Oregon health cuts up emergency visits.
A 15 percent cutback in the Oregon Health Plan in 2003 led to a nearly 50 percent increase in hospital admissions of uninsured emergency patients, according to the study. At the same time, emergency hospitalization rates for other groups remained the same, "suggesting that after cutbacks, uninsured patients were sicker overall when they came to the emergency department," said study author Robert A. Lowe, MD, MPH, director of the Center for Policy and Research in Emergency Medicine at Oregon Health and Science University in Portland.
The study found that after changes to the Oregon Health Plan--the state's Medicaid expansion program--cut the number of enrollees by 52,000 in 2003, alcohol-related visits by uninsured patients rose by 82 percent, drug-related visits by 173 percent and visits by uninsured patients with psychiatric illnesses rose by 106 percent. In addition, uncompensated care for Oregon hospitals rose from $256 million in 2002 to $509 million in 2004.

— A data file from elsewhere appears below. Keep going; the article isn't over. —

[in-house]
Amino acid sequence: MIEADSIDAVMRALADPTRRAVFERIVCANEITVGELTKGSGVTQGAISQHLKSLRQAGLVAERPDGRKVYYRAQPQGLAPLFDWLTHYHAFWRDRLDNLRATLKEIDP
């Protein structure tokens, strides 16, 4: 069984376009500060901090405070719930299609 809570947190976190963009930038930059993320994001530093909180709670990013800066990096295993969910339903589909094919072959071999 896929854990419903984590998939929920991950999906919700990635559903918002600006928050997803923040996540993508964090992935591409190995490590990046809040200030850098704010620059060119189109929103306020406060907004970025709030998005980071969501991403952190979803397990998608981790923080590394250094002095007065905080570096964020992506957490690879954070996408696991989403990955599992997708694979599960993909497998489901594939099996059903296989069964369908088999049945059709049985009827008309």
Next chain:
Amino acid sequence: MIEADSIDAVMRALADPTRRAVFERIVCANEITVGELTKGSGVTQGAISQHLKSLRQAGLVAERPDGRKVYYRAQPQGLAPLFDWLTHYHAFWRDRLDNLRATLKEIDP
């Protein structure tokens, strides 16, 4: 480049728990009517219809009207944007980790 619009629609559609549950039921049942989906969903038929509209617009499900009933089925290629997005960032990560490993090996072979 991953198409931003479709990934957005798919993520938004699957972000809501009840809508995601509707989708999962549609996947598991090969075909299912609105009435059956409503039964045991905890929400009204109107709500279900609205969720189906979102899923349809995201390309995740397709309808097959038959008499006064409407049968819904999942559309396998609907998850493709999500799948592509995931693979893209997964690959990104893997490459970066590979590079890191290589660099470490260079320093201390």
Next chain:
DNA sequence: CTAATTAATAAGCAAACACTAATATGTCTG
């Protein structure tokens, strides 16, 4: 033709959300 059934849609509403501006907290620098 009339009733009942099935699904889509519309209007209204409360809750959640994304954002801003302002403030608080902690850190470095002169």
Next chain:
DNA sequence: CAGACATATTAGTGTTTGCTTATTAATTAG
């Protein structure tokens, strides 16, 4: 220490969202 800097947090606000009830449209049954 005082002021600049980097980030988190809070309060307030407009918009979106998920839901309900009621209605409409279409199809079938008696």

The study's authors said recent federal legislation "facilitating similar Medicaid changes in other states may lead to replication of these events elsewhere."
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|Title Annotation:||STATES IN BRIEF|
|Publication:||The Nation's Health|
|Date:||Jun 1, 2008|
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